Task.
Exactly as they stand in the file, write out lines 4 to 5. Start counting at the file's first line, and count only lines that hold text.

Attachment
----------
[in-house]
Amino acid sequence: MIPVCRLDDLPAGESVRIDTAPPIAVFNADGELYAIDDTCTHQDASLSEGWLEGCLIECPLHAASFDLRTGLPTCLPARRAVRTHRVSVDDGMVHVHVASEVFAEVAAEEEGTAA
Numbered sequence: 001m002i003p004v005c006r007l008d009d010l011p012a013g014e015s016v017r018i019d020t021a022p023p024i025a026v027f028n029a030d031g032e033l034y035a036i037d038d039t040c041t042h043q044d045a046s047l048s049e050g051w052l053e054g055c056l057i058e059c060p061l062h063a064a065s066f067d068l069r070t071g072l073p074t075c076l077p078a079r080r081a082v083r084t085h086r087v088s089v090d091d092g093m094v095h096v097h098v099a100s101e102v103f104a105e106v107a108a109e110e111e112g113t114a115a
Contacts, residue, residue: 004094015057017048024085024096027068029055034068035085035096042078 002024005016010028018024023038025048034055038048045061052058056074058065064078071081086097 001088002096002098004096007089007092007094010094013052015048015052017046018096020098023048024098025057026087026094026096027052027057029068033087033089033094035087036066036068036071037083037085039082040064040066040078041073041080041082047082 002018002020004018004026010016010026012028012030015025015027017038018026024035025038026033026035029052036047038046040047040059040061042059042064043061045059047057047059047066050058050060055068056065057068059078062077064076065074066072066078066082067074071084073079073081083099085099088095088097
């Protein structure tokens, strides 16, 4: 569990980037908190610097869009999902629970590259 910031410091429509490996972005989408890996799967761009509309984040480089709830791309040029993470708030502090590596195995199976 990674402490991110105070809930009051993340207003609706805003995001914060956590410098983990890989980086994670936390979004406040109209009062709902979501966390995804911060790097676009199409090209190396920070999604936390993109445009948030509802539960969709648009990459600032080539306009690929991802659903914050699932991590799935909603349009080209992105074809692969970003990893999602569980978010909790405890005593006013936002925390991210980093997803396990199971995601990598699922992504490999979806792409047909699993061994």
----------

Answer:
Contacts, residue, residue: 004094015057017048024085024096027068029055034068035085035096042078 002024005016010028018024023038025048034055038048045061052058056074058065064078071081086097 001088002096002098004096007089007092007094010094013052015048015052017046018096020098023048024098025057026087026094026096027052027057029068033087033089033094035087036066036068036071037083037085039082040064040066040078041073041080041082047082 002018002020004018004026010016010026012028012030015025015027017038018026024035025038026033026035029052036047038046040047040059040061042059042064043061045059047057047059047066050058050060055068056065057068059078062077064076065074066072066078066082067074071084073079073081083099085099088095088097
């Protein structure tokens, strides 16, 4: 569990980037908190610097869009999902629970590259 910031410091429509490996972005989408890996799967761009509309984040480089709830791309040029993470708030502090590596195995199976 990674402490991110105070809930009051993340207003609706805003995001914060956590410098983990890989980086994670936390979004406040109209009062709902979501966390995804911060790097676009199409090209190396920070999604936390993109445009948030509802539960969709648009990459600032080539306009690929991802659903914050699932991590799935909603349009080209992105074809692969970003990893999602569980978010909790405890005593006013936002925390991210980093997803396990199971995601990598699922992504490999979806792409047909699993061994």